• Document Demands

The defendant-driver’s written job description.

All receipts or pay-stubs that reflect the defendant-driver’s employer’s payment for the defendant-driver’s commute time to or from work.

All receipts or pay-stubs that reflect the defendant-driver’s employer’s payment for the defendant-driver’s mileage.

All receipts or pay-stubs that reflect the defendant-driver’s employer’s payment for the defendant-driver’s travel expenses.

All of the defendant-driver’s expense sheets for the five years before the incident, for the day of the incident, and for the year after the incident.

All documents that show reimbursements made from the defendant-driver’s employer to the defendant-driver for the five years before the incident, for the day of the incident, and for the year after the incident.

All documents that reflect the defendant-driver’s use of a personal car for work for the five years before the incident, for the day of the incident, and for the year after the incident.

All documents that reflect the defendant-driver’s use of a company car for work for the five years before the incident, for the day of the incident, and for the year after the incident.

The defendant-driver’s employer’s reimbursement policy.

All documents which discuss an employee’s use of a personal car for work.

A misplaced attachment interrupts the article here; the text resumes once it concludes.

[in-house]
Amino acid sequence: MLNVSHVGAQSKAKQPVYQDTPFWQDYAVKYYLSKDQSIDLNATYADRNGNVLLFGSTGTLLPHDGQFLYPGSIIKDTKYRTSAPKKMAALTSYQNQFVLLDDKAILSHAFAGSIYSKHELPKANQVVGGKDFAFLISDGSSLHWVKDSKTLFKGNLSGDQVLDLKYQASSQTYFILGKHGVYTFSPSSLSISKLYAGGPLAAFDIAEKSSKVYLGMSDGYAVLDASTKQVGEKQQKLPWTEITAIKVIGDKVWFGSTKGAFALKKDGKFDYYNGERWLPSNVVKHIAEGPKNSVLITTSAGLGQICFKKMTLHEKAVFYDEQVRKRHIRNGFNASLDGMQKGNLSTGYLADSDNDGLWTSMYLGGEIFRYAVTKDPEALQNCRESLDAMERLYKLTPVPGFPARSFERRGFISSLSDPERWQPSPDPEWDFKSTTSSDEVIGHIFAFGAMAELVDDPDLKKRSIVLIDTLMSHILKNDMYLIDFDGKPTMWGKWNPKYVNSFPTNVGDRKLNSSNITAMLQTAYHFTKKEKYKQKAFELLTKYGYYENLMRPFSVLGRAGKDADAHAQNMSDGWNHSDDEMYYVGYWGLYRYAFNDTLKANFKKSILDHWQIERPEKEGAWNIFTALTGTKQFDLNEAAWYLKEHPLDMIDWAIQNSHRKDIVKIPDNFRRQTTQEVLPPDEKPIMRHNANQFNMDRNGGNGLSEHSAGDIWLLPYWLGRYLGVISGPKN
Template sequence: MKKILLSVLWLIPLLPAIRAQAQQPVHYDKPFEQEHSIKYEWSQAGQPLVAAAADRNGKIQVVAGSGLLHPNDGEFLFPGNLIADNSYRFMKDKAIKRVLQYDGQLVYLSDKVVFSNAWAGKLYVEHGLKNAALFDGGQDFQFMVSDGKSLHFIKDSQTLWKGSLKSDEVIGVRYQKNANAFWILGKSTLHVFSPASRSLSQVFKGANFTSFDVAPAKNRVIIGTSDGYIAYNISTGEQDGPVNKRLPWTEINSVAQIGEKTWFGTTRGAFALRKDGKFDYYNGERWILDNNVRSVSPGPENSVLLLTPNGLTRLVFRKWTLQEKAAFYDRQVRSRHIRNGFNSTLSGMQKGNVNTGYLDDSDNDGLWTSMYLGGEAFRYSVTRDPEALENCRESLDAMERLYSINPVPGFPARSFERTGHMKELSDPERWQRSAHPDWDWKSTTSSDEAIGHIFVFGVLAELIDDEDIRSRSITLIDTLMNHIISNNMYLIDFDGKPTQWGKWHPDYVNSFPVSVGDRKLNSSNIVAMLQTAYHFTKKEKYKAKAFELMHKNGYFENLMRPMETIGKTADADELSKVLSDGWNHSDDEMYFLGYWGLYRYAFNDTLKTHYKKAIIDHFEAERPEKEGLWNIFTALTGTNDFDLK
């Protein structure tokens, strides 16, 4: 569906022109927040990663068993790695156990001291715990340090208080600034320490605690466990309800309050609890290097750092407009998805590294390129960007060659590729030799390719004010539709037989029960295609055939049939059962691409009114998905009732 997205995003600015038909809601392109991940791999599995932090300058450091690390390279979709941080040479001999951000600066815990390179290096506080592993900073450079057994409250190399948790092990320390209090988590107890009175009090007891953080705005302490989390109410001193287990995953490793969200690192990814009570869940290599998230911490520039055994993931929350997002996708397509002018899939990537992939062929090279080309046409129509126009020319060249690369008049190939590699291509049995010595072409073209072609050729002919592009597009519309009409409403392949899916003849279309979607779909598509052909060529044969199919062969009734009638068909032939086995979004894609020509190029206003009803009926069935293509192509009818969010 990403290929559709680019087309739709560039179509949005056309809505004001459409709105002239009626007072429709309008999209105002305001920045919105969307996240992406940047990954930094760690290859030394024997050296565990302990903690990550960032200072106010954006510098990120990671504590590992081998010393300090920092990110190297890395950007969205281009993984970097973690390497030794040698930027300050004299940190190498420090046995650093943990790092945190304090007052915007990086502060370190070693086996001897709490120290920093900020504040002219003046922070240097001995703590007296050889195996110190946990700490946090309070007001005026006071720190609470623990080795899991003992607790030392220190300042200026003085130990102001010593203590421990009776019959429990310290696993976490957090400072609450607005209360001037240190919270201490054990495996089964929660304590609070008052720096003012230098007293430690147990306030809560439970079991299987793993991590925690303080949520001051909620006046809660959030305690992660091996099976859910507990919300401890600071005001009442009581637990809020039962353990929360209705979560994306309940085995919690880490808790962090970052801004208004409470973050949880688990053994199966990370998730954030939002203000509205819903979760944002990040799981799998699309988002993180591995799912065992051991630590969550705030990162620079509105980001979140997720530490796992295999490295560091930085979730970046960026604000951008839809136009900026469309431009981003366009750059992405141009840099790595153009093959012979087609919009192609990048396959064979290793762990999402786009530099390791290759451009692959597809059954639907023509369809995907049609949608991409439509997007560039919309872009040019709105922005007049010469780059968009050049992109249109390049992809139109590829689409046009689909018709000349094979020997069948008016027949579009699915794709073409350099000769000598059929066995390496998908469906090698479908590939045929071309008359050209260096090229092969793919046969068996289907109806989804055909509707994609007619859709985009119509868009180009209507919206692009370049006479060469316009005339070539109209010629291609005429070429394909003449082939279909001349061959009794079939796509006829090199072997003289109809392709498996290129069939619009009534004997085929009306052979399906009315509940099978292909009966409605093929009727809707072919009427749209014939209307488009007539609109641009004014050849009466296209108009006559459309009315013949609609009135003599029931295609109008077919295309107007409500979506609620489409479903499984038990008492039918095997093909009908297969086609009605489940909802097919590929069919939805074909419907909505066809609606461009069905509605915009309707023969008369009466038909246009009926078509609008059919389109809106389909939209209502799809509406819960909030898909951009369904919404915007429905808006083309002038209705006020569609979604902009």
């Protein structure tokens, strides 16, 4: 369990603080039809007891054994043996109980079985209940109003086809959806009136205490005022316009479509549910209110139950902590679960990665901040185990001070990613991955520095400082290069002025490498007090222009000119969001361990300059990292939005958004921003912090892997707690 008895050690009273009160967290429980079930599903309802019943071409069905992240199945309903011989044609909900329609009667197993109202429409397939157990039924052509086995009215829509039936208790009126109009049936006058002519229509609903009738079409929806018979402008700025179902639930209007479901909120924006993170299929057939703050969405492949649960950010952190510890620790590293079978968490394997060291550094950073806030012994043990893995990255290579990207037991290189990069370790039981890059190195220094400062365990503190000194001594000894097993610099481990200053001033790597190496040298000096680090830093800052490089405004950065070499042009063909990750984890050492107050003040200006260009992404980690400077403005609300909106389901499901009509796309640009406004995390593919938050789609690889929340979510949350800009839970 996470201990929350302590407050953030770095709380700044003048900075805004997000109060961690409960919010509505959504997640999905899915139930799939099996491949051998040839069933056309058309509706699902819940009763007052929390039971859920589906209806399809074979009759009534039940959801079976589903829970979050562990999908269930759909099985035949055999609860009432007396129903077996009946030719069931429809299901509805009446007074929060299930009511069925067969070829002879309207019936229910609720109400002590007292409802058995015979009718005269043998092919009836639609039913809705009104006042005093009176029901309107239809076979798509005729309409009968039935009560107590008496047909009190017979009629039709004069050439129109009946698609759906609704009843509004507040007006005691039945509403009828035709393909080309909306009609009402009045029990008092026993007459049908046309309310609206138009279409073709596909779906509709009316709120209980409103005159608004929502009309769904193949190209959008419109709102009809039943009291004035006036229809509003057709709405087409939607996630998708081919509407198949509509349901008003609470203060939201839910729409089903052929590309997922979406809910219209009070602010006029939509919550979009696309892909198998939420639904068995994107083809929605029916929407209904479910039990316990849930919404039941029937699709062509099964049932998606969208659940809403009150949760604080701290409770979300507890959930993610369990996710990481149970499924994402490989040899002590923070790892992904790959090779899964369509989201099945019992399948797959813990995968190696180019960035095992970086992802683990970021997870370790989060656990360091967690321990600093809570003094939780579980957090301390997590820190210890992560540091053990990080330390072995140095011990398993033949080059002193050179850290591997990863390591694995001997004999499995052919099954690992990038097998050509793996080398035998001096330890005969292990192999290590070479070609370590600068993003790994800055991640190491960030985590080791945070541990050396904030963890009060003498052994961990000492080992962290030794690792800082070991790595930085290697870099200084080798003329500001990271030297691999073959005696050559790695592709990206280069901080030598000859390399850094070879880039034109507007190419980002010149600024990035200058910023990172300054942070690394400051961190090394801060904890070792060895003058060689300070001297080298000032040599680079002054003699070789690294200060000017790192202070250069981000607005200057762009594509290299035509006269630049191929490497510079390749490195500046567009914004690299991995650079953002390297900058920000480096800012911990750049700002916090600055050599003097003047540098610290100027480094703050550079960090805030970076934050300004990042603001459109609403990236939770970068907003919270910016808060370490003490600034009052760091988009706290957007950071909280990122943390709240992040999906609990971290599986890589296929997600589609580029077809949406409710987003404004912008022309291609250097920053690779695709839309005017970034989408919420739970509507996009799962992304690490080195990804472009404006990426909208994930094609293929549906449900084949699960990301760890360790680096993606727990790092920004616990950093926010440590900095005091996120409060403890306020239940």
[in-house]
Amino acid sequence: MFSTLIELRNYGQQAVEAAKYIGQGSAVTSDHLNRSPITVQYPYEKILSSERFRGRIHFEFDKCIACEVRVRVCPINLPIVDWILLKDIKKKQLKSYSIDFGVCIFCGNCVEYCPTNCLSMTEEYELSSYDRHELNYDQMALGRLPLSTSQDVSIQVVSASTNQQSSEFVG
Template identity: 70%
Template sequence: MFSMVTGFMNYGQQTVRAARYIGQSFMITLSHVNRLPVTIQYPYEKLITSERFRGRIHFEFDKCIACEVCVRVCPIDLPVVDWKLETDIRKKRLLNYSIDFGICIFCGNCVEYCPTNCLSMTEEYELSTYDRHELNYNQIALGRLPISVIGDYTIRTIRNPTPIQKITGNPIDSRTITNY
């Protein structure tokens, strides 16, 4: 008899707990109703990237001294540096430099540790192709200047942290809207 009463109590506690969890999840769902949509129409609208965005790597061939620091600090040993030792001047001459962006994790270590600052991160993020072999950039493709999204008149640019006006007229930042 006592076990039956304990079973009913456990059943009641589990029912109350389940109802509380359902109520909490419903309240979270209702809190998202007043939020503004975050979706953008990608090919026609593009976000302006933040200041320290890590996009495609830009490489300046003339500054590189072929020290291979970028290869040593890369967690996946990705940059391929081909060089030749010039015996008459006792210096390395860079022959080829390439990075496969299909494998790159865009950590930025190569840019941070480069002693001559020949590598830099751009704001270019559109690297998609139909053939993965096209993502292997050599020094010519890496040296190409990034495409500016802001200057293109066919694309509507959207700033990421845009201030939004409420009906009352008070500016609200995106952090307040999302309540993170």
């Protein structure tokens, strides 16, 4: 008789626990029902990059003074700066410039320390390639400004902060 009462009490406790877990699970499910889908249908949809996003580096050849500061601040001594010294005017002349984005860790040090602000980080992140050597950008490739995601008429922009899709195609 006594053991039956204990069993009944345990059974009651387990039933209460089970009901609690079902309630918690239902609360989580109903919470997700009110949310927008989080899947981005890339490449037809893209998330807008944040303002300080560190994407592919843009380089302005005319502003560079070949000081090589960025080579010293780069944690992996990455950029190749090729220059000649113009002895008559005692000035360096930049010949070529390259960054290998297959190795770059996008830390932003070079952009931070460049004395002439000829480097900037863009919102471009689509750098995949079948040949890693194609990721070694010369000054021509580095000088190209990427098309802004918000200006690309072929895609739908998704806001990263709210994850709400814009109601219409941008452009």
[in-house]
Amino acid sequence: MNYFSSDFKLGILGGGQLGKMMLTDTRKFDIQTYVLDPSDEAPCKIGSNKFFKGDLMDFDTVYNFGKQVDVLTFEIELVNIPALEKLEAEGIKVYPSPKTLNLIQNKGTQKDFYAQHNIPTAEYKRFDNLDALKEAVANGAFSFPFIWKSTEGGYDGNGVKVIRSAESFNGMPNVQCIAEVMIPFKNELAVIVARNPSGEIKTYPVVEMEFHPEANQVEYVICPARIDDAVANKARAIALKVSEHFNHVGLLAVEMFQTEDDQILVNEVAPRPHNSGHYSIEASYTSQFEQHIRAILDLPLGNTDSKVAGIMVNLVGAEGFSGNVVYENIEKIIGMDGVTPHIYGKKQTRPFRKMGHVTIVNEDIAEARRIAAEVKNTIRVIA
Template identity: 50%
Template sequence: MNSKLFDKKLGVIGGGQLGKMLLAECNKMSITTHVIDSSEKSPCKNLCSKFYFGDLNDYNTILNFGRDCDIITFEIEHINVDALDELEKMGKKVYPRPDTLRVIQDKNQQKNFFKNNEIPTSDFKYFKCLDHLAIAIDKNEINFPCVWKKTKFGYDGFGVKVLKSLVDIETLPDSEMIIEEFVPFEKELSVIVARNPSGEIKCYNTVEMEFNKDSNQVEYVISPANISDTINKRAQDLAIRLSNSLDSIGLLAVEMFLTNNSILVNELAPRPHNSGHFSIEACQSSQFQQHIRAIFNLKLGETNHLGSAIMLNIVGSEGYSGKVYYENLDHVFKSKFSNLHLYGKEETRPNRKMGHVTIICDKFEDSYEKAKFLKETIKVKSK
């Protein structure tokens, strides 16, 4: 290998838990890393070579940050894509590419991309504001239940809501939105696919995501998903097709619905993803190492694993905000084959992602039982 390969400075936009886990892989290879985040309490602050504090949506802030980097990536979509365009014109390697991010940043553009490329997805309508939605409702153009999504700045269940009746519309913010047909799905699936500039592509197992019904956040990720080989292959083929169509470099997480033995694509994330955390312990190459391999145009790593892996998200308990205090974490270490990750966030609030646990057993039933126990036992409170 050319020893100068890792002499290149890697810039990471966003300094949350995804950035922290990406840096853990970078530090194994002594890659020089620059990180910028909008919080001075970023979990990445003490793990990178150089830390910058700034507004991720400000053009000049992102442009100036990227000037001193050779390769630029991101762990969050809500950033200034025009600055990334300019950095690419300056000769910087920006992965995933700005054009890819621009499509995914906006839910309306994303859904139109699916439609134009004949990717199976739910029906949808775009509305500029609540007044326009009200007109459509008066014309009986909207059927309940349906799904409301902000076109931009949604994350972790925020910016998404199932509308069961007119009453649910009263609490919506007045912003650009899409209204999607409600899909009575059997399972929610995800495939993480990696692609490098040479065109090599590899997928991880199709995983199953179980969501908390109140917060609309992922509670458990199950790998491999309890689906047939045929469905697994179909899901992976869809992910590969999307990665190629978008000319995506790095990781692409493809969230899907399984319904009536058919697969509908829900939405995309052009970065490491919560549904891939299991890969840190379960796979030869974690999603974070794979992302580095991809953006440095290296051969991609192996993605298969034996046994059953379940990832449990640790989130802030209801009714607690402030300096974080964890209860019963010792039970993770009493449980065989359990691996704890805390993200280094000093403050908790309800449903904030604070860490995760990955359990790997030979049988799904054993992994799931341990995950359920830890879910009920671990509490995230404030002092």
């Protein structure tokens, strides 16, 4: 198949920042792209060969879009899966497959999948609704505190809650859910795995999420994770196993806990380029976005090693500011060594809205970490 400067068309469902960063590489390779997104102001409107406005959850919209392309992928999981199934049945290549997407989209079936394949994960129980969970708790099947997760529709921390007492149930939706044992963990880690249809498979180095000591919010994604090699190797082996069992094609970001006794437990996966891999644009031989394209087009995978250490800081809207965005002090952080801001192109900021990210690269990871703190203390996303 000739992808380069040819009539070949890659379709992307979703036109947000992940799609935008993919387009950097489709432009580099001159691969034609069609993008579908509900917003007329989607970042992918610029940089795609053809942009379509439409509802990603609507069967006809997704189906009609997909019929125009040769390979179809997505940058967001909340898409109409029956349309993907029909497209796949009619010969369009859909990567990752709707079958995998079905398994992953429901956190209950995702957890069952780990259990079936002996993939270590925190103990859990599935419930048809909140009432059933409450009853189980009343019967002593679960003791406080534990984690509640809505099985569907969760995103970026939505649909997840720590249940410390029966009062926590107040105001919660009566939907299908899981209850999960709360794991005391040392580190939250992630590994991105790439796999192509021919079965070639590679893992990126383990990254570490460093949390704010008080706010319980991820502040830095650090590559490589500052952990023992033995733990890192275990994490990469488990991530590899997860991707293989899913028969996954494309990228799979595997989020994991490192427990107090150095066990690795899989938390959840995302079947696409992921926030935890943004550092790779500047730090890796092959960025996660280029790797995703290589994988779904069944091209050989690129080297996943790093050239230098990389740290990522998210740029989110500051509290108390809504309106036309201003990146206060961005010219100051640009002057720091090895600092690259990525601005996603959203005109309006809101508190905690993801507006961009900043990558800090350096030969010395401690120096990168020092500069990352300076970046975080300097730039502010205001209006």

All documents which discuss an employee’s use of a company car for work.

All work-related texts or e-mails to or from the defendant-driver on the day of the incident.

All work-related call logs or messages to or from the defendant-driver on the day of the incident.

All invoices for the defendant-driver’s mobile phone for the month of the incident.

All of the defendant-driver’s time sheets or logs for the month of the incident.

• Deposition subject matter

The defendant-driver’s job duties, including out-of-office job duties and job duties that require car travel.

The benefits the defendant-driver’s employer has derived from the defendant-driver’s performance of out-of-office job duties.

The method of travel for work.

Ownership of the vehicles used by the defendant-driver when traveling for work.

Ownership of the vehicle used during the car trip which resulted in the incident.

The purpose of the car trip which resulted in the incident.

The route of the car trip which resulted in the incident.

All stops the defendant driver made during the car trip which resulted in the incident.

All time and attention devoted to work during the car trip which resulted in the incident.

The defendant-driver’s use of a mobile phone during the car trip which resulted in the incident.

Equipment or tools (including any mobile phones or GPS equipment) the defendant-driver kept in a personal car.

The defendant-driver’s normal commute route.

The defendant-driver’s use of a personal car for work before the incident.

The defendant-driver’s use of a company car for work before the incident.

The defendant-driver’s employer’s expectations regarding car use for work.

The number and positions of employees who use a personal car for work.

The defendant-driver’s employer’s reimbursement policy and practices.

• Subpoenas

The defendant-driver’s mobile phone records for the month of the incident.

The 911 tapes for the incident.

William Veen William Veen

William Veen founded The Veen Firm, P.C. as a sole practitioner in 1975, gradually developing it into a firm of talented attorneys and staff who represent severely injured workers and consumers. He is a member of the American Board of Trial Advocates and honored as the Trial Lawyer of the Year by the San Francisco Trial Lawyers Association in 2003.

http://www.veenfirm.com